We work at the pleasure of money granted from either private institutions or through the trust of the public. In either case we have an obligation to see we spend this money well. I don’t think this means a lot of bureaucracy, but I do think it means a periodic and active reflection on:

  • what our responsibilities are;
  • how efficient we are in communicating with each other;
  • how efficient we are in communicating with our greater scientific community and the interested public.

I tend to think of these types of guidelines as coordinating documents; not legalistic as much as aspirational and communicative.

I looked around to see if I could find some examples, and surprisingly enough, there wasn’t a lot for theoretical physics1. It was as if the only guideline that mattered was the one already ingrained in all of us: do awesome work.

That’s fine. But there’s more to being functional than just doing awesome work.

-JJMC, 18 June 2017

Responsibilities of group members

All scientific group members

  • Uphold group’s code of conduct
  • Take care of yourself2.
  • Invest in research you care about. If you aren’t passionate about what you’re looking at, you should be looking at something else.
  • Support each other.
    • We each come with different domains of expertise. Specialization in a collaborative context can mean spectacular results. Surprising success in absolutely unexpected directions will come from leveraging mutual domain expertise.
  • Build up the greater community
    • Cite well and inclusively3.
    • Acknowledge help/ideas/inspiration/conversation generously . It costs us nothing other than the moment spent to reflect on what helped us get where we are.
    • Take the time to put your work in context that the audience (seminar/colloquium/conference-talk/lecture/public-talk/article) can understand and relate to.
    • Share data, code, aesthetics, and perspective openly and generously.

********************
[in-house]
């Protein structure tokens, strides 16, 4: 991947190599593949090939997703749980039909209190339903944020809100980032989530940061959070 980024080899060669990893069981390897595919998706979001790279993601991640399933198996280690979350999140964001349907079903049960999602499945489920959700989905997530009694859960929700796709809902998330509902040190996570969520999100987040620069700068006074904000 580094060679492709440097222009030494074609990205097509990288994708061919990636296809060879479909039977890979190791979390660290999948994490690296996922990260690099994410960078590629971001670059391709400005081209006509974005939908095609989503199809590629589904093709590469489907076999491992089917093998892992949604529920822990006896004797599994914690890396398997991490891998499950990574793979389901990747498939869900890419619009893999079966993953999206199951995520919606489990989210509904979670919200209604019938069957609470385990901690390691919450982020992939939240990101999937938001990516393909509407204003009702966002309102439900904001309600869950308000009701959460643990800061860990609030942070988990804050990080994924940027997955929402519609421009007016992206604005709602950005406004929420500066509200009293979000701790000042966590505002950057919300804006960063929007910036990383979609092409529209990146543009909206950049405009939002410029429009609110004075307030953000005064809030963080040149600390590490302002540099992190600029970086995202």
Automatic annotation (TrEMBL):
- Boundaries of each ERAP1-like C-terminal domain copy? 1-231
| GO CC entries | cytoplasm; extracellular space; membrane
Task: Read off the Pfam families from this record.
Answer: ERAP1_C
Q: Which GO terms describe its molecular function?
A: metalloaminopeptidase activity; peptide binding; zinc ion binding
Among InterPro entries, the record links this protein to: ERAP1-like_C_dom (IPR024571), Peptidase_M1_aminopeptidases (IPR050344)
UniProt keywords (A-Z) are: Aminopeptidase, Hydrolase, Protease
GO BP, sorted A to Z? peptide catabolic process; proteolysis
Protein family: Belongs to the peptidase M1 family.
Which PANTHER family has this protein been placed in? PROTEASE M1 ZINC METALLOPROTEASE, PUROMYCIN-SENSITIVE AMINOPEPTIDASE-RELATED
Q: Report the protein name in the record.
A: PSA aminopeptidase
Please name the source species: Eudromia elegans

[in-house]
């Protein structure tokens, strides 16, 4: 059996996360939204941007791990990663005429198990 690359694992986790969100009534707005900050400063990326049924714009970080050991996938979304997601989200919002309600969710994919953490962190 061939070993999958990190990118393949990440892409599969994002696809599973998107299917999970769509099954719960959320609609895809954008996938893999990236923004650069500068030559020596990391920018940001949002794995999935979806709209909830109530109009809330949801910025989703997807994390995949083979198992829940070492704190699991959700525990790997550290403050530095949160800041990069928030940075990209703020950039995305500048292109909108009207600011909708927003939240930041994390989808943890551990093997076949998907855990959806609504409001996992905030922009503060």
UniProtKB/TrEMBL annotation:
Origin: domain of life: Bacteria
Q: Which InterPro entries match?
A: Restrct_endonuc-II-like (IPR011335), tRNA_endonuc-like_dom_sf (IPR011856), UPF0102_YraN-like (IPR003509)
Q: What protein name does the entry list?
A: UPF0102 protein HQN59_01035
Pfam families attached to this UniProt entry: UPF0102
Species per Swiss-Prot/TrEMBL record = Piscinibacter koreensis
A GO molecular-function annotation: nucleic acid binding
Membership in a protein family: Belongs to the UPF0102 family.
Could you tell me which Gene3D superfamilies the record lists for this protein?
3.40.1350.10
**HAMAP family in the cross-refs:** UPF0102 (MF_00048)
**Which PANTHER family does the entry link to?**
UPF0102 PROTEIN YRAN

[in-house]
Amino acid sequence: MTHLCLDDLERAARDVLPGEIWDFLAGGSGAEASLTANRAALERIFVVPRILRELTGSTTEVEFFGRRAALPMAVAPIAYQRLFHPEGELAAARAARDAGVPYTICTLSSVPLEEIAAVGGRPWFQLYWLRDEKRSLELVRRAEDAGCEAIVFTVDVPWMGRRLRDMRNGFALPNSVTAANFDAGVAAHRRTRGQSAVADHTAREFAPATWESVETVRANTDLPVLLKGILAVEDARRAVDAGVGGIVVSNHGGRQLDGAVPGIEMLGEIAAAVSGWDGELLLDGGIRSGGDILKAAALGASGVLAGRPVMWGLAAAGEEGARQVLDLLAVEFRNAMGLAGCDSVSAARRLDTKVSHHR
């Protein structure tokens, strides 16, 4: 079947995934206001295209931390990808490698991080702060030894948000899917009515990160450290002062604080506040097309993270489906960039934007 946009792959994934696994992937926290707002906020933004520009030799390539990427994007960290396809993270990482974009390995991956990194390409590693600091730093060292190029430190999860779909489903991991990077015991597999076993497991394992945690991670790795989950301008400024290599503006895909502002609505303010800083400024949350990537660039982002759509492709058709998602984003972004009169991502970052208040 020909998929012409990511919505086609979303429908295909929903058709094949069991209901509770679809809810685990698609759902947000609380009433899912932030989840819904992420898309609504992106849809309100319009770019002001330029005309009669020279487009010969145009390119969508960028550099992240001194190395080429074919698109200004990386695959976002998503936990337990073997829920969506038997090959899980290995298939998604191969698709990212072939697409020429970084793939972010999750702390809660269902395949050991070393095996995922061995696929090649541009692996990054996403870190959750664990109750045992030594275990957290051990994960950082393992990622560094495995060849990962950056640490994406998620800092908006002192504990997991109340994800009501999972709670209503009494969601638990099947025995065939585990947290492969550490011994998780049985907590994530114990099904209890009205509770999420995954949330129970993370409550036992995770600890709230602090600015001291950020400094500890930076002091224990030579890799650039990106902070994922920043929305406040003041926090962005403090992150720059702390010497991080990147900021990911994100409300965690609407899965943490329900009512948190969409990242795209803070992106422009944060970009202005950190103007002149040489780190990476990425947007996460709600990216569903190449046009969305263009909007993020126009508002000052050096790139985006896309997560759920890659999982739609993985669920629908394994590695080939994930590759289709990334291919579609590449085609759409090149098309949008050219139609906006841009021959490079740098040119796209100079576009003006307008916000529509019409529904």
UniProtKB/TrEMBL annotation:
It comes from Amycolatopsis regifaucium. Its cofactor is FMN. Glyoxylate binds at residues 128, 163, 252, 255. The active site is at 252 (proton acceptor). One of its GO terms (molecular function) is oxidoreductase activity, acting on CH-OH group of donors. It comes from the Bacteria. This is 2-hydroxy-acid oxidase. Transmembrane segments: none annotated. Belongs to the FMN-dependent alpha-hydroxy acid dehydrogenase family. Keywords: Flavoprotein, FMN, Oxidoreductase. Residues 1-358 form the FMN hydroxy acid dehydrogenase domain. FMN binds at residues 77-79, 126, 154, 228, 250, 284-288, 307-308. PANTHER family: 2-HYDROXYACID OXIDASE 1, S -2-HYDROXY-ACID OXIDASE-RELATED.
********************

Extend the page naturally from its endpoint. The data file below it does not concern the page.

• Engage with different communities that could benefit from what we do well.

JJ’s responsibilities as PI:

  • Find funding, or give fair notice when funding will lapse.
  • Make himself available and accessible.
  • Cover administrative, paperwork, and grant-reporting issues.
  • Provide scientific leadership.
  • Provide career guidance and help group members work towards their career goals
    • Promote visibility for current and former group members.
    • Provide growth opportunities for group members.
    • Write recommendation letters to support current and former members.
    • Provide realistic performance feedback as requested.
  • Resolve disputes within the group.

Graduate student responsibilities:

  • Meet their graduate school reporting and exam requirements.
  • Identify and develop research projects with the help of the PI.
  • Apply effort to their research and work towards a PhD-worthy body of work.
  • Attend and present at group meetings and journal clubs.
  • Schedule necessary committee meetings.

Postdoc responsibilities:

  • Identify and develop research programs (with support and assistance of the PI).
  • Attend and present at group meetings and journal clubs.
  • Define their career goals and work towards them.
  • Pursue projects and collaborations that further their own career goals.
  • Provide scientific and technical leadership within the group.
  1. The writeup I felt closest to my ideal starting point was Titus Brown’s, from which I did indeed lift shamelessly. While exploring his site I also came across his excellent “Lab Code of Conduct”, which I’ve incorporated

  2. Good science, like many things worth doing in life, is a marathon, not a sprint. But how you run this race effects your ability and willingness to go after another. You not only want to make it to this finish line, but the next, and the next and the next… 

  3. References in theoretical physics aren’t merely the breadcrumbs we find useful. They exist to weave our contributions into the greater web of the academic program. Standard practice is to refer to any relevant work whether or not it was interesting / useful / pedagogical / a complete waste of your time. If some work is problematic – don’t ignore it, politely point out what you found useful and what traps might be ahead for the unsuspecting reader.